Laser Camera Makes 3-D Photos Of Objects A Kilometer Away

It can't quite handle bare flesh, though: not reflective enough.

A team of physicists from Heriot-Watt University in Edinburgh has developed laser technology that can 3-D image an object up to a kilometer away. The system can accurately (within a millimeter) image even “uncooperative” objects — meaning those that don’t easily reflect laser pulses, like fabric. Though at a kilometer away, it can probably capture an uncooperative human, too.

The imaging technique is called “time-of-flight,” or ToF. It runs a low-power infrared laser beam over an object, preferably one that’s not moving, like a parked car, then records how long the photons in the laser beam take to bounce off the object and return to their laser-home.

ToF imaging systems are already used in some machine navigation, like autonomous vehicles, but generally they only have a short range and can’t image all surfaces. The Heriot-Watt team’s system specifically detects longer wavelengths of light that are redder than visible light and can travel more easily. A superconducting nanowire sensor counts individual photons in the laser beam, allowing it to more accurately record depth.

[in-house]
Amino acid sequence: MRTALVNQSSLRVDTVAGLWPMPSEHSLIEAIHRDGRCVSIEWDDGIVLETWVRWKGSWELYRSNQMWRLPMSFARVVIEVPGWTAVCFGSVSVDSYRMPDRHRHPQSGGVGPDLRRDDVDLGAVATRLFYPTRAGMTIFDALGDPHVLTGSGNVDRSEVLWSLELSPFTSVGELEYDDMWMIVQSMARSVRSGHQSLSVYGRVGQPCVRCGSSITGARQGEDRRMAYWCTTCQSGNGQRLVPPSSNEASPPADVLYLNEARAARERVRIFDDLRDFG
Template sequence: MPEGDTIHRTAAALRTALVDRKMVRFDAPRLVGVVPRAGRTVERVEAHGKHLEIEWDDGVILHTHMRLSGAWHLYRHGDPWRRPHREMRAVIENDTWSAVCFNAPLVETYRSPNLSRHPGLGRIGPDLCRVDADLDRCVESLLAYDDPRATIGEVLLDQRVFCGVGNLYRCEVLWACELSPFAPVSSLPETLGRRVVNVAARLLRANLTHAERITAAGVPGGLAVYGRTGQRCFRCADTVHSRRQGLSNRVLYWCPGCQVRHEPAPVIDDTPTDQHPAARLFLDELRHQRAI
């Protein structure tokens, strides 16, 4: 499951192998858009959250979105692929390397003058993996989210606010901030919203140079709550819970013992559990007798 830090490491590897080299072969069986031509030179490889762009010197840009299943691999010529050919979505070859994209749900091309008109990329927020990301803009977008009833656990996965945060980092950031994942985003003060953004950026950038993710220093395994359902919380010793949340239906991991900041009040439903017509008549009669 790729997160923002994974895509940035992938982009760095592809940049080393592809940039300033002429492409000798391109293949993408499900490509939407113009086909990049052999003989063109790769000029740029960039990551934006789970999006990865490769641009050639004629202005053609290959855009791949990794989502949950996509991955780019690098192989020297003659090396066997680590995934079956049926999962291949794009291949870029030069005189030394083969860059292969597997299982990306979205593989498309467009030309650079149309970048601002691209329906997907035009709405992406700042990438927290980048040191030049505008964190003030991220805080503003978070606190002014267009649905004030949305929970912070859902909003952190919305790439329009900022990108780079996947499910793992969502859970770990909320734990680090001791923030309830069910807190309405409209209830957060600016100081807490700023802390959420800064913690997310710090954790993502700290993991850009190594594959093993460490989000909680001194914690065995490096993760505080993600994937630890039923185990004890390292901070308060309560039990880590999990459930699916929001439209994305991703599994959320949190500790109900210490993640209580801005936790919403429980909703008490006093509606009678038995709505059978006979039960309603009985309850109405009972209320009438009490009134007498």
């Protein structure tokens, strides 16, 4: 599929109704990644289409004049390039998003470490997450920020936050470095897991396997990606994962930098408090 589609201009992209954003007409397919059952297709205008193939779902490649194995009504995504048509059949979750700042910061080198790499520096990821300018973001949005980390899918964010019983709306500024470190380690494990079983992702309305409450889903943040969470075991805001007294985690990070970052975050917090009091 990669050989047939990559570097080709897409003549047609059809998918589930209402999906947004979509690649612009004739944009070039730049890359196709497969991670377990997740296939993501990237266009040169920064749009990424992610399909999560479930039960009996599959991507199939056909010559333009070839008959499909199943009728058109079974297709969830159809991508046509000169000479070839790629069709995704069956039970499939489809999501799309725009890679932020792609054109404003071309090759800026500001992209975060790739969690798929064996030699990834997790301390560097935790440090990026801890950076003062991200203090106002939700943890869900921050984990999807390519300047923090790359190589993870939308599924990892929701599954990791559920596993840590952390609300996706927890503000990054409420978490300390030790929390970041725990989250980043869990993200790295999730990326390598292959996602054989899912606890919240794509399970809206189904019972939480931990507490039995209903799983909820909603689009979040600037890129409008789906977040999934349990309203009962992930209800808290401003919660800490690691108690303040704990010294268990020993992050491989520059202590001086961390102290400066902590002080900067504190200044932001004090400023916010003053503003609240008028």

Distance Imaging

“It is clear that the system would have to be miniaturized and made more rugged, but we believe that a lightweight, fully portable scanning depth imager is possible and could be a product in less than five years,” according to Aongus McCarthy, the lead author on the paper in [Optics Express last week. He said in a press statement that it could ultimately have a range of up to 10 kilometers.

Gerald Buller, one of the study’s co-authors, told Wired that the technology could be used by the military to help drones see their targets. It could also scan vegetation to determine the health of plants in the forest, or be modified to work underwater to scan oceans and lakes for depth.

And for those who are a bit laser-shy: Human skin doesn’t reflect enough photons to be accurately imaged, so complete nudity should be your first defense.

BBC News